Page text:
About twenty-five years ago, stoplights with crosswalks had two signals specifically for pedestrians. These signals were a red DONT WALK [sic] which displayed solid when the light was read, indicating that the pedestrian should not cross the street and a green WALK that indicated the pedestrian could enter the intersection and probably make it across before the light turned red and cross traffic ground the pedestrian to lunch meat. A third state, akin to the yellow light, involved the DONT WALK symbol flashing, which meant that the light was going to change soon and you probably shouldn’t enter the intersection.
This system, imperfect as though it was, lasted decades. However, some bureaucrat wanted to do something to improve it since people were still dying occasionally in the streets.
So in the 1980s, the conversion from the DONT WALK and WALK paradigm began its shift to the current iconography. The hand replaced DONT WALK and a person walking right to left replaced WALK. This new system would save untold children, the illiterate, and the non-English speaking people who couldn’t understand the DONT WALK and WALK on the signs and who couldn’t puzzle out that crossing with the red light was inherently bad and crossing with the green light was probably safe.
No, our governments enacted expensive changes which required replacement of all crosswalk lights and retraining the young, yet-unnamed Generation X to the new system. To protect the children, the illiterate, and the non-English speaking, you see.
I guess this system isn’t working, either, and that the new iconography doesn’t immediately, universally connect with people and tell them what to do. So now, to protect children, the illiterate, and the non-English speaking who couldn’t handle the old DONT WALK/WALK system–or perhaps adults who can read English but not symbols, the government has come up with this solution:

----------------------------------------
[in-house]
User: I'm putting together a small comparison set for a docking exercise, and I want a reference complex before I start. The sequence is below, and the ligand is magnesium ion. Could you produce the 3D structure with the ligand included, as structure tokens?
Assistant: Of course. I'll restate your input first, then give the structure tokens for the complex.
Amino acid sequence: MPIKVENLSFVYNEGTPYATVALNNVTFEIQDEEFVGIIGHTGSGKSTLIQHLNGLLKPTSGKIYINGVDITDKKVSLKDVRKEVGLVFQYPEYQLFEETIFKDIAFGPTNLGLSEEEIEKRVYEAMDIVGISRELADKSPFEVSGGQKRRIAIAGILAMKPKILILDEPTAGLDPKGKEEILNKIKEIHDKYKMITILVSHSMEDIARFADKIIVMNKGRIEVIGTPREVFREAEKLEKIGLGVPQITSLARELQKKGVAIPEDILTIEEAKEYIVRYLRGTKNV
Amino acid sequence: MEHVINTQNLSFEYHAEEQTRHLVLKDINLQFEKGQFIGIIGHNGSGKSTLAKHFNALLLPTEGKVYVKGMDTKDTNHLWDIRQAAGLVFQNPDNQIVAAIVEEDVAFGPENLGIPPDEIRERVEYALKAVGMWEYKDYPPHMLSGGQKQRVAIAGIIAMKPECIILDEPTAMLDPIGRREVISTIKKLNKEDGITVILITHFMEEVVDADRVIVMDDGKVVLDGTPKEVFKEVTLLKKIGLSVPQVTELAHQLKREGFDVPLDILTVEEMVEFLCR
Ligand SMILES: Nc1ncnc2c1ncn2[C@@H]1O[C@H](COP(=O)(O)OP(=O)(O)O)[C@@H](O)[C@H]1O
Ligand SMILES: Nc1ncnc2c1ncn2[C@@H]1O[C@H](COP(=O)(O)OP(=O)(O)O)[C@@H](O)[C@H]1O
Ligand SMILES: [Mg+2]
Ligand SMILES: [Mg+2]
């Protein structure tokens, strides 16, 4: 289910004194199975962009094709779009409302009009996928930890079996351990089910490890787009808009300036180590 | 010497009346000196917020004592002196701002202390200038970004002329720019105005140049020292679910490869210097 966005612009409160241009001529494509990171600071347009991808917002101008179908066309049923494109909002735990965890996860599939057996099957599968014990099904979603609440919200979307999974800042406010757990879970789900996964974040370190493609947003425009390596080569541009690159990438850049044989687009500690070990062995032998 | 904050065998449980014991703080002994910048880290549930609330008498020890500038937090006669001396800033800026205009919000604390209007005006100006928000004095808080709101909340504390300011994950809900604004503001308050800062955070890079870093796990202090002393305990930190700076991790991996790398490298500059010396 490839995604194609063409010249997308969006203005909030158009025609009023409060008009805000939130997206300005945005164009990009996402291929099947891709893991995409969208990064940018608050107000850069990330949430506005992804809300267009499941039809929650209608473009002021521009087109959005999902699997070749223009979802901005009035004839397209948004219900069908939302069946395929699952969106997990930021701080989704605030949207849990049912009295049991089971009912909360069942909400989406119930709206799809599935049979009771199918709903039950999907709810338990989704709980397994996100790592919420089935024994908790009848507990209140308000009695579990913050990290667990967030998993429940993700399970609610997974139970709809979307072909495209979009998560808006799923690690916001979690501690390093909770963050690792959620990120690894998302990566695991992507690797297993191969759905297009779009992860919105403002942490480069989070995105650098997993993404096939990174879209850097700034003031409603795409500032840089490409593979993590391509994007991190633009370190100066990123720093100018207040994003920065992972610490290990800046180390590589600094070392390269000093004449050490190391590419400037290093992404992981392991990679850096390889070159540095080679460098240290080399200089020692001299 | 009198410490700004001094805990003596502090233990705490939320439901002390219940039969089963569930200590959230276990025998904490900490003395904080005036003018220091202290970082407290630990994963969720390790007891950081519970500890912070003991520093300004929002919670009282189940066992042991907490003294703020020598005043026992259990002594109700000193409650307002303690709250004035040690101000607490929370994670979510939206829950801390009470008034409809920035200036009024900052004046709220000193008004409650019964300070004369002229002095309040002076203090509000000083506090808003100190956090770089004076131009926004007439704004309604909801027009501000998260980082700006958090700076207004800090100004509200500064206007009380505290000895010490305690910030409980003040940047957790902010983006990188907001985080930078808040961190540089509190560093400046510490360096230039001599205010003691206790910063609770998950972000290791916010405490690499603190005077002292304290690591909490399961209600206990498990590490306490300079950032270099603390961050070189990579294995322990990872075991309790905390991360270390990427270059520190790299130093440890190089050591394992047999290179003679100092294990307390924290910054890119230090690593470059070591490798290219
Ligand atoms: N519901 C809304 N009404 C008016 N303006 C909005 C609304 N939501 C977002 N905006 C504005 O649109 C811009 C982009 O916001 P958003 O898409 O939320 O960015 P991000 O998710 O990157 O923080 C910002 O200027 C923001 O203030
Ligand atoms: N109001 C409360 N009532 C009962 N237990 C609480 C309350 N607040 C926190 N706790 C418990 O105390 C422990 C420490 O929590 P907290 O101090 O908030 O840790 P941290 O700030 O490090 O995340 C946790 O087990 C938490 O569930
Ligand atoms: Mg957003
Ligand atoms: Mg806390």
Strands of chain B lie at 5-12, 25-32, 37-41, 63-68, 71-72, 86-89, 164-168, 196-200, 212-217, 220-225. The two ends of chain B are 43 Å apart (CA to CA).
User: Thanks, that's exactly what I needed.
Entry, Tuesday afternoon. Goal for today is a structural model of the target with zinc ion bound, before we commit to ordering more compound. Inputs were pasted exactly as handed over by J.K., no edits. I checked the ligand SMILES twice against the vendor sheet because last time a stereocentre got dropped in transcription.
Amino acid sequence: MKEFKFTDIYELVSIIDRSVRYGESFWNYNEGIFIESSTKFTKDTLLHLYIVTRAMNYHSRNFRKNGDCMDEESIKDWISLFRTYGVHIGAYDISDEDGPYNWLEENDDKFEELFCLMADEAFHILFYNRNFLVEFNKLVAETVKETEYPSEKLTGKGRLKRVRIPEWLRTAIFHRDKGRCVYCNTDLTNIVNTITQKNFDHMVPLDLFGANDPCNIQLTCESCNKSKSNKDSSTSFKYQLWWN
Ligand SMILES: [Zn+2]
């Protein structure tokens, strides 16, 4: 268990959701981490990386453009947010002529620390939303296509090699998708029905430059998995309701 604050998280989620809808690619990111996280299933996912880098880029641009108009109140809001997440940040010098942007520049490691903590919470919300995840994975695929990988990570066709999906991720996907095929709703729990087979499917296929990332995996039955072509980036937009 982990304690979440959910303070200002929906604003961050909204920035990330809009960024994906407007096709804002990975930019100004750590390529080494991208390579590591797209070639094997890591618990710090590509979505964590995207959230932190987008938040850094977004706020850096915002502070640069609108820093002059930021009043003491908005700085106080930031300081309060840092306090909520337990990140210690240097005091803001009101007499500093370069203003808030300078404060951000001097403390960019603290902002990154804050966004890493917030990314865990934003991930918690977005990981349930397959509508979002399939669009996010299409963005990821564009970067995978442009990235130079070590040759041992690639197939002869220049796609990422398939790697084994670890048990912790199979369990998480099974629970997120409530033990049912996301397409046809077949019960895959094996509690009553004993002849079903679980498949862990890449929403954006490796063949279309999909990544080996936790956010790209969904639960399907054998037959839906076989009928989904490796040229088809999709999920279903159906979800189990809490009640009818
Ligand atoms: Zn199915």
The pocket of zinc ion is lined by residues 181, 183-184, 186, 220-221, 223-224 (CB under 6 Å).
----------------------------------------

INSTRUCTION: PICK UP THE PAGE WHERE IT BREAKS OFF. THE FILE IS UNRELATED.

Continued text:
After 25 years in which, I assume, pedestrians have continued to occasionally die in crosswalks, the government has added an instruction manual for the new symbols which, apparently, dead pedestrians couldn’t understand. Now the children, illiterate, and non-English speakers get 21 English words explaining the symbols and what they mean. Because the children, illiterate, and non-English speakers couldn’t, apparently, understand 3 English words or 2 symbols without the combination thereof.
It makes me wonder what lesson the governments will learn about pedestrians even after this program does not completely eliminate pedestrian deaths. Perhaps that these instructions are not clear and they need more elaborate details? A manual for understanding the helpful signs at the crosswalks? The sky is the limit, since apparently common sense and budget never will be.